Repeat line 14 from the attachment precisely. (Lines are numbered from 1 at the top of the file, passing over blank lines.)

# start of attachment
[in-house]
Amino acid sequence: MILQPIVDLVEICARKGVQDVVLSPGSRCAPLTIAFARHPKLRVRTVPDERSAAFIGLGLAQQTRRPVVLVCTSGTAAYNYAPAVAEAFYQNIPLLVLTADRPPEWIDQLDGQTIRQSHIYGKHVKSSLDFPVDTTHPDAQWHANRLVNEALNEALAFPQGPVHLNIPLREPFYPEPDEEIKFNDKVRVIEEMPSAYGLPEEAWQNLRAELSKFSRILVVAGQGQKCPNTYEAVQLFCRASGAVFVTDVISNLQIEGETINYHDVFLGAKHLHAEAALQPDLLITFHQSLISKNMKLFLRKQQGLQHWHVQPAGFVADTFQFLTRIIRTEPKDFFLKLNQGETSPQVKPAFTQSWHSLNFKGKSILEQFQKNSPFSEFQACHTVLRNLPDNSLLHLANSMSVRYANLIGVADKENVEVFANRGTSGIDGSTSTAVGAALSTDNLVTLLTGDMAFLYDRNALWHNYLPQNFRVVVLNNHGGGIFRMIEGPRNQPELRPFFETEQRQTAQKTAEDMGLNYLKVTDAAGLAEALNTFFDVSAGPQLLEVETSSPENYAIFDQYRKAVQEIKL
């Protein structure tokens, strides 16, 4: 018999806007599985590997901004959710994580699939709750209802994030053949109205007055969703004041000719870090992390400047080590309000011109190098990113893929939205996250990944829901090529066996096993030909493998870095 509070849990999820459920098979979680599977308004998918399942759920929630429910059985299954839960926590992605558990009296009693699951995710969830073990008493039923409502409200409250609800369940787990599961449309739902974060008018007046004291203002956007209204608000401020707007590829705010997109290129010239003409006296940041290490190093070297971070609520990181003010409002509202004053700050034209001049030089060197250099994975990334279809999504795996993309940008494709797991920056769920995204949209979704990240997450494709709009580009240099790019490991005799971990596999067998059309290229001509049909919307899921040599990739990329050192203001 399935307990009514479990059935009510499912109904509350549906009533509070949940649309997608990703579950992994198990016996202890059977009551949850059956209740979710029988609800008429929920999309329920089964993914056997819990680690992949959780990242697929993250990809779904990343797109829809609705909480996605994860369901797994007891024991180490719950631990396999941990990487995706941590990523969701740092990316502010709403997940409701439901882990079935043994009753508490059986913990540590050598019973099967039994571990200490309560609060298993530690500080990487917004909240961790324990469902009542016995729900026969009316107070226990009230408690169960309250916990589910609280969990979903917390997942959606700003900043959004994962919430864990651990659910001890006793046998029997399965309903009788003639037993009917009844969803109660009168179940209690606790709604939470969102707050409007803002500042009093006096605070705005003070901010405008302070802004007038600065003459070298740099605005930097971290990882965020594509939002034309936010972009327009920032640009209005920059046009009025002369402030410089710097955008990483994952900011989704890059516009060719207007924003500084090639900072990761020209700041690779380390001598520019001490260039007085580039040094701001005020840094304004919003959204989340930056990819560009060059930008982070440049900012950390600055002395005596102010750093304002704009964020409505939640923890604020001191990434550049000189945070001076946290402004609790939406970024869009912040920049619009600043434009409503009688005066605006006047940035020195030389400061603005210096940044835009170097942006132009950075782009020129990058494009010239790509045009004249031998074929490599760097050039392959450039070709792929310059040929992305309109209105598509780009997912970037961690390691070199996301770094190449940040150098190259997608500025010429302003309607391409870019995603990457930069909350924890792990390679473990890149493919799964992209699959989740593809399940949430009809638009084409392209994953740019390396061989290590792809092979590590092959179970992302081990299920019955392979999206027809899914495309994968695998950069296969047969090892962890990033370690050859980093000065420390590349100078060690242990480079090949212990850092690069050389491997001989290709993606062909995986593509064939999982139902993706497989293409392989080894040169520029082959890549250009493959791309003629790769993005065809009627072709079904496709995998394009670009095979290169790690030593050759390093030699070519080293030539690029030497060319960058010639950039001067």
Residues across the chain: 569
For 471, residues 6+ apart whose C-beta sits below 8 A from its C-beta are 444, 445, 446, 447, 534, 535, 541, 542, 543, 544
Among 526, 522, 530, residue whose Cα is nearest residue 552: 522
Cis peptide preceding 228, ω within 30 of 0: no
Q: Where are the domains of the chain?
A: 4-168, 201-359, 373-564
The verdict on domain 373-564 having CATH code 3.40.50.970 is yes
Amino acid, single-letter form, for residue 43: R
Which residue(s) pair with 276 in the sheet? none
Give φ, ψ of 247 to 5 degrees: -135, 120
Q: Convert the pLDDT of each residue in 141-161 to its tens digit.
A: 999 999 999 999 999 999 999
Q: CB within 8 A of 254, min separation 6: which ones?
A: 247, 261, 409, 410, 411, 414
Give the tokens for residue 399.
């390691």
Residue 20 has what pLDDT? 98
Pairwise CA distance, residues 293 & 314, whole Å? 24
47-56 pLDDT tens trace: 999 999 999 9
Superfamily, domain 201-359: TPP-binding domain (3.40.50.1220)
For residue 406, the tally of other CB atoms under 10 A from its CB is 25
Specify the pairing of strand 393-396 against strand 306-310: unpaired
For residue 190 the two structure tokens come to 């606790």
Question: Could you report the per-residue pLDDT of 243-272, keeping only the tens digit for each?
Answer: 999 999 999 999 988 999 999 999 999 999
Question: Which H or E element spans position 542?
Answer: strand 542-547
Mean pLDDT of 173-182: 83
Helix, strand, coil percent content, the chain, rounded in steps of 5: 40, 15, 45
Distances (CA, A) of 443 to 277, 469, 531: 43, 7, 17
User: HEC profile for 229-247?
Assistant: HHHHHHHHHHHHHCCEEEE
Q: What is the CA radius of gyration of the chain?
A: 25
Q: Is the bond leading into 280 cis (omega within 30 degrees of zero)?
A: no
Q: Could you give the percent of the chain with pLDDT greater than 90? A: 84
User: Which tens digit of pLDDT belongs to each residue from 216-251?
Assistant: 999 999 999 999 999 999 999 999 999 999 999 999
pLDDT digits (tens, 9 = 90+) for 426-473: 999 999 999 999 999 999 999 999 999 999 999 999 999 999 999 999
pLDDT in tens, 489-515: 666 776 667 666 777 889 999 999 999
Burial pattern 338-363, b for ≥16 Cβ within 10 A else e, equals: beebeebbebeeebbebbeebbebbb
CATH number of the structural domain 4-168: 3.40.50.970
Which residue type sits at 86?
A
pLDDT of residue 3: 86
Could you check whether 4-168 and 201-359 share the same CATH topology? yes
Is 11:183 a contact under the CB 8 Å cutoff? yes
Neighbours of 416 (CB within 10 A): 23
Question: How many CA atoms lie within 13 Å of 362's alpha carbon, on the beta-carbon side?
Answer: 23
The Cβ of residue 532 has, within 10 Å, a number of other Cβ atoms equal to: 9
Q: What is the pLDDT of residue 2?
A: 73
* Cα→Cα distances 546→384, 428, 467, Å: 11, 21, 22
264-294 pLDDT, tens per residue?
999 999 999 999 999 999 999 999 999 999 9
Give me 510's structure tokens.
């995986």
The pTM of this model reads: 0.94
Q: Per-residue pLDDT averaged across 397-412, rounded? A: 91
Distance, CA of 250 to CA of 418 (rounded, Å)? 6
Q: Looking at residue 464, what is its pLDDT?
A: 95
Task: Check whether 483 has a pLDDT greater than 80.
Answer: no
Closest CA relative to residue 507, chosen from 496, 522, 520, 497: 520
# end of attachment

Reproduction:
Q: Convert the pLDDT of each residue in 141-161 to its tens digit.